There’s nothing quite as exciting as finding out that you’re pregnant, is there?
In fact, you revel in the joy of bringing a new life into the world – but not long after realising you’re pregnant, financial reality sets in.
Most Australian households have two incomes these days so the thought of dropping down to one for a number of months, or even a few years, is filled with a little trepidation for most people.
One of the many wonderful things about being pregnant is that you have nine months to prepare for it!
And in today’s world that means working out how we’re going to cope financially while you’re on maternity leave.
How do I manage my finances while on maternity leave?
While it’s nowhere near as exciting as planning for a baby, it’s vital that you – like me – are financially prepared for the new arrival well in advance.
This includes creating a detailed budget during the pregnancy which will allow you to put aside extra savings when you’re on maternity leave.
You should also create a budget for your period of maternity leave, which should include any paid parental leave provided by your employer and government schemes.
In Australia, we have access to government paid parental leave, depending on a number of factors, which helps all new parents stay at home longer with their new baby.
However, it’s vital that you investigate what your entitlements will be while you’re on maternity leave so that you can adequately budget in advance.
Saving is also an important part of planning for maternity leave, because unfortunately most families will have less money coming into the household during the time you are away from work.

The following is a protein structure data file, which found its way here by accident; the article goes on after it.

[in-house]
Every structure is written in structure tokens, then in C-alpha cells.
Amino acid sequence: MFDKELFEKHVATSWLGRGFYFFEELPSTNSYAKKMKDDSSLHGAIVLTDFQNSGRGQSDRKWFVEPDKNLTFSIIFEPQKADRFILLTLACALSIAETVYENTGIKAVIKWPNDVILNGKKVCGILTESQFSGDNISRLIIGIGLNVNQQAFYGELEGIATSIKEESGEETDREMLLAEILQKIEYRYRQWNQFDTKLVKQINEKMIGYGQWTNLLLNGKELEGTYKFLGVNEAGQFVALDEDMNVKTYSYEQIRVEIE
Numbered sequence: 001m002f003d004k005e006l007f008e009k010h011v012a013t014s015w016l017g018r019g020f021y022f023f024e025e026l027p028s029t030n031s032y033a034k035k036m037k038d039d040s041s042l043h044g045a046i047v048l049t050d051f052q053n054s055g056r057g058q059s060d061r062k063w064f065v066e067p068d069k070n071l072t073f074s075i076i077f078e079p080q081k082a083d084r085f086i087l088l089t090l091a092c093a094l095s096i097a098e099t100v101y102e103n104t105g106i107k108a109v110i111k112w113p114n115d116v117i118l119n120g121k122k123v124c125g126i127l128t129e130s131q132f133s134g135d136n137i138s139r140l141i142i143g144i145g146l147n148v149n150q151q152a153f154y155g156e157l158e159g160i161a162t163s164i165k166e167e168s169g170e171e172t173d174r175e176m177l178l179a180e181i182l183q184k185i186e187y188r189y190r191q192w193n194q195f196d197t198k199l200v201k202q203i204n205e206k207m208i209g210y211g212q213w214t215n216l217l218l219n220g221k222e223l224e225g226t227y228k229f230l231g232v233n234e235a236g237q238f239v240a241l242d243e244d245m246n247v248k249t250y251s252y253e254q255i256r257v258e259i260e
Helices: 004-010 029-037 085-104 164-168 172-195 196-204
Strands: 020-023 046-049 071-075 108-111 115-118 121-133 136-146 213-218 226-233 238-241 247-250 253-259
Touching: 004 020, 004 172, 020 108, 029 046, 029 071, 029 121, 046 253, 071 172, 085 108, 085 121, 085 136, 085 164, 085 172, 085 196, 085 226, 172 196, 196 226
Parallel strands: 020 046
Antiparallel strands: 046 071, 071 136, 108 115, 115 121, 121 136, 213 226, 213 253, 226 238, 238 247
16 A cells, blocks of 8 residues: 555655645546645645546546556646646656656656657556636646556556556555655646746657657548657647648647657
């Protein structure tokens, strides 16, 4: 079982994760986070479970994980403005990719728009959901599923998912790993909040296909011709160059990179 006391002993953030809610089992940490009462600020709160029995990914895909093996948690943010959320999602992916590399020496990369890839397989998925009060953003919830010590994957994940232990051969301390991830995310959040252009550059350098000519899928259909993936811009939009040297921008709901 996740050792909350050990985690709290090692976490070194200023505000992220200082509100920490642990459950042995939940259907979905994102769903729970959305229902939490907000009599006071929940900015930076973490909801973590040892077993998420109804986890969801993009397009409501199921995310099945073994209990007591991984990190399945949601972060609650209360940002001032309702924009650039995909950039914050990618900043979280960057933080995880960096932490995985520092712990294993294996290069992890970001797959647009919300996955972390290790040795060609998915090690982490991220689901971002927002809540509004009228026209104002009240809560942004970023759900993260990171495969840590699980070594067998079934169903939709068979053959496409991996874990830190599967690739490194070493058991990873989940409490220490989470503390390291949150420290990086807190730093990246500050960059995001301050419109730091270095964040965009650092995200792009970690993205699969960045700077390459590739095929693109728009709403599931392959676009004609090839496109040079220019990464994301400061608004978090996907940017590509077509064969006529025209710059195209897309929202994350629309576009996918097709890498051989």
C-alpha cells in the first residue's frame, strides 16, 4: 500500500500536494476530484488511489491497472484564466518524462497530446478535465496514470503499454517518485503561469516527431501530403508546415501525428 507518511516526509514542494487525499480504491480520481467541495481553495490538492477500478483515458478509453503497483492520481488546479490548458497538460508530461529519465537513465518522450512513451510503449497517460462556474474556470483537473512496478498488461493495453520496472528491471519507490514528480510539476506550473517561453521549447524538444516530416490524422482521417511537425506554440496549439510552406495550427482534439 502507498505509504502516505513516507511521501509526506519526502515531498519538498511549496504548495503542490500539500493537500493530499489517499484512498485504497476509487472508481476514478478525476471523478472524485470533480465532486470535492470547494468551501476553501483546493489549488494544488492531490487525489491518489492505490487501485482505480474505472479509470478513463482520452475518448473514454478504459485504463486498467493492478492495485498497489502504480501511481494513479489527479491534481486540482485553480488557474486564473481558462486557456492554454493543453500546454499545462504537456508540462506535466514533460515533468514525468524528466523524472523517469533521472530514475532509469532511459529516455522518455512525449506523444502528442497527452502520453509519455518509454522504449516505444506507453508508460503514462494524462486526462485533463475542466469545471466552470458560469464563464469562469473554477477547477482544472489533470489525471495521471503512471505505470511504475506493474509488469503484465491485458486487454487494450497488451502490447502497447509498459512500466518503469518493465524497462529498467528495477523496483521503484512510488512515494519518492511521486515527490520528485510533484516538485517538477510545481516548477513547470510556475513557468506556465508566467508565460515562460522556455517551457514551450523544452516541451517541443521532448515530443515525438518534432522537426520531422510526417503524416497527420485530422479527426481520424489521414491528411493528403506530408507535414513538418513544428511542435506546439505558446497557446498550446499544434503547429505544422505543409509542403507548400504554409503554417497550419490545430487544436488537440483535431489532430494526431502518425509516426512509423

So, it’s always advisable to save hard before the baby is born so you will have enough cash flow to see you through your maternity leave.
No one wants to go back to work sooner than they need too, after all.
What about my job? Can I work from home?
It’s a no-brainer that new parents want to spend as much time with their new baby as possible.
Thankfully, flexible working practices are much more common today than they were in our parents’ generation.
So, if you’re going on maternity or parental leave, perhaps talk to your employer about what options are available for you to start back at work, but still be able to spend time with your young family.
Perhaps together you can develop a return-to-work strategy that involves working part-time, or even working from home for half of every week.
Like I said, thankfully employers today are much more open to working parents – plus there is legislation to protect your access to flexible working conditions, too.
Be excited and prepared
When it comes down to it, waiting for the arrival of your new baby should be a time of excitement, not financial worry.
By planning early, setting a budget, and accessing professional advice if needed, you can be prepared as possible (financially anyway!) for your new arrival.
That way, your maternity or parental leave will be filled with wonderful memories of bonding with your baby not worrying about how you’re going to pay the mortgage.
The information provided in this article is general in nature and does not constitute personal financial advice. The information has been prepared without taking into account your personal objectives, financial situation or needs. Before acting on any information you should consider the appropriateness of the information with regard to your objectives, financial situation and needs.
- How do I maintain my finances while on maternity leave? - November 1, 2017